Background: Crowding in emergency departments (ED) has a negative impact on quality of care and can be averted by allocating additional resources based on predictive crowding models. However, there is a lack in effective external overall predictors, particularly those representing public activity.
Objectives: This study, therefore, examines public activity measured by regional road traffic flow as an external predictor of ED crowding in an urban hospital.
Methods: Seasonal autoregressive cross-validated models (SARIMA) were compared with respect to their forecasting error on ED crowding data.
Results: It could be shown that inclusion of inflowing road traffic into a SARIMA model effectively improved prediction errors.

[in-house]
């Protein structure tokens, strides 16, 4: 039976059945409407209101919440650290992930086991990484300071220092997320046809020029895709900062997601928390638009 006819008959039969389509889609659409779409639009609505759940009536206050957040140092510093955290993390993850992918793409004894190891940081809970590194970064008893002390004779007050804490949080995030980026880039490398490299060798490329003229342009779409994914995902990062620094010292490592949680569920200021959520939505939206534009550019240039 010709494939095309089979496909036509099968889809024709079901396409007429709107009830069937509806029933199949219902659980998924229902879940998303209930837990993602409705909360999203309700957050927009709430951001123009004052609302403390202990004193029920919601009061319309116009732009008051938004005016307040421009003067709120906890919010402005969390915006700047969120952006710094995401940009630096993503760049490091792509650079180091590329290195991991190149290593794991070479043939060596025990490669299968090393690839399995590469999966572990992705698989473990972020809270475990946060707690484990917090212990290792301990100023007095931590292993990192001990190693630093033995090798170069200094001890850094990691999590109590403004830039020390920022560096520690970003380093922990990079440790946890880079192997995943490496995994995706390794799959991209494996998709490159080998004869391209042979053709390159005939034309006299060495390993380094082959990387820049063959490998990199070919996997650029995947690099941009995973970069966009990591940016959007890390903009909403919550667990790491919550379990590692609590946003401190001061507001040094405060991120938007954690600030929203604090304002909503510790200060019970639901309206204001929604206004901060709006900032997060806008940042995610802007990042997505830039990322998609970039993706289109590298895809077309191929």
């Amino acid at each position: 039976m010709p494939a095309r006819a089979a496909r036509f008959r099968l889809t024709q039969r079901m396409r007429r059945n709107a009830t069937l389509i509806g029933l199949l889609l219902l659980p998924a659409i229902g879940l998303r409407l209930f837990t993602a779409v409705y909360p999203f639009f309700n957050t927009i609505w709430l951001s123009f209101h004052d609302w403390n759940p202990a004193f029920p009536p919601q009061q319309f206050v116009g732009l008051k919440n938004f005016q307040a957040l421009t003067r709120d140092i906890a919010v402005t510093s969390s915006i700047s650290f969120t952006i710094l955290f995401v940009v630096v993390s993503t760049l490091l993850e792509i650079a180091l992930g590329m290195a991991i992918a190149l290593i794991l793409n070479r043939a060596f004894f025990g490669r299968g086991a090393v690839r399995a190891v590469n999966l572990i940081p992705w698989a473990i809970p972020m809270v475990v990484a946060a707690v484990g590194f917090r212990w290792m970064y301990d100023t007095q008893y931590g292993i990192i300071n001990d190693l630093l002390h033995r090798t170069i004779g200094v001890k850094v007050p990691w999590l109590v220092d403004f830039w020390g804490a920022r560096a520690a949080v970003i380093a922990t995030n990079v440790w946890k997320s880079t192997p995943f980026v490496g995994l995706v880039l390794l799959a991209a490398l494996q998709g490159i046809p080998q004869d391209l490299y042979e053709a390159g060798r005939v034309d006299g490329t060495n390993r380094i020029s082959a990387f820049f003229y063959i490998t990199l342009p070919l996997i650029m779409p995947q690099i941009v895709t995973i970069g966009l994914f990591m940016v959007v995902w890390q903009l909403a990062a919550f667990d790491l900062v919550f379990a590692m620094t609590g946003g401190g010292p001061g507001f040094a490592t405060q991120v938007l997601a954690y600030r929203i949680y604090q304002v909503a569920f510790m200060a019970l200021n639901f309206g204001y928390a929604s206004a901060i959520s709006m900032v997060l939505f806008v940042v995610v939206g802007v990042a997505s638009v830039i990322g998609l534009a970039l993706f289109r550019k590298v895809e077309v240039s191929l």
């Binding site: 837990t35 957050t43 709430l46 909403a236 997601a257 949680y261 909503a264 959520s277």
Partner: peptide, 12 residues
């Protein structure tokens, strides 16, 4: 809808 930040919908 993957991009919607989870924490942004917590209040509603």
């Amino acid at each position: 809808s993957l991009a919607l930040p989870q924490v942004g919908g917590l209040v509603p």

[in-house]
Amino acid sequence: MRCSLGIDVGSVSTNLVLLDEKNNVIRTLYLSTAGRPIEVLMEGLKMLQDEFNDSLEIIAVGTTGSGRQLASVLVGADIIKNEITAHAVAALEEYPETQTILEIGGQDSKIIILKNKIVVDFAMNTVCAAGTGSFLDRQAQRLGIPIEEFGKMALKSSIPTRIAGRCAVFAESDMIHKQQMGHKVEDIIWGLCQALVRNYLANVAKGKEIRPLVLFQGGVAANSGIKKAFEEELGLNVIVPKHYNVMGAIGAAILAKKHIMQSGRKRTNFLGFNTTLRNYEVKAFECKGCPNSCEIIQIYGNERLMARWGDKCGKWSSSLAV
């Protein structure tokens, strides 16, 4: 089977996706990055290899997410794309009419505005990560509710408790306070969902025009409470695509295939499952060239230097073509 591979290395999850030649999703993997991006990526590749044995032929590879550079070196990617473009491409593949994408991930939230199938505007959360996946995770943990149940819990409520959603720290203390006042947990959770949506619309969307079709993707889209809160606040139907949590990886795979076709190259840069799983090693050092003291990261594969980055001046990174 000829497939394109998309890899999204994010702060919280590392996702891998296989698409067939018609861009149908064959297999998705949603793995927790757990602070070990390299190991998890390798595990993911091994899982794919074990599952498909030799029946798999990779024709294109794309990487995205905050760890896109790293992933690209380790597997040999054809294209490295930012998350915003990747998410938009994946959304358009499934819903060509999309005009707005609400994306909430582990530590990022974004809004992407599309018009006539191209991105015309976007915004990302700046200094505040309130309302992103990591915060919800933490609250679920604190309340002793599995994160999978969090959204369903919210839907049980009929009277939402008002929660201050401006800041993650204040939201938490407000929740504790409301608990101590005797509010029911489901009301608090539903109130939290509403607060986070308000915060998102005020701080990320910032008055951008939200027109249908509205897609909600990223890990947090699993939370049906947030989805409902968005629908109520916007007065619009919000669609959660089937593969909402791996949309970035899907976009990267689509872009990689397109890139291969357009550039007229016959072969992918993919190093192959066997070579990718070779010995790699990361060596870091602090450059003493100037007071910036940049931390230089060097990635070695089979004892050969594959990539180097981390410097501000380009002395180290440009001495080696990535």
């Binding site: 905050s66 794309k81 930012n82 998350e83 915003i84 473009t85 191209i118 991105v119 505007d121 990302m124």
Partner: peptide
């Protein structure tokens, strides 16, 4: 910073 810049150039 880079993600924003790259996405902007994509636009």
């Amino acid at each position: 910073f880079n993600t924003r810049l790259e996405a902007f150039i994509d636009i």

Conclusion: The results provide evidence that circadian patterns of medical emergencies are connected to human activity levels in the region and could be captured by public monitoring of traffic flow. In order to corroborate this model, data from further years and additional regions need to be considered. It would also be interesting to study public activity by additional variables.
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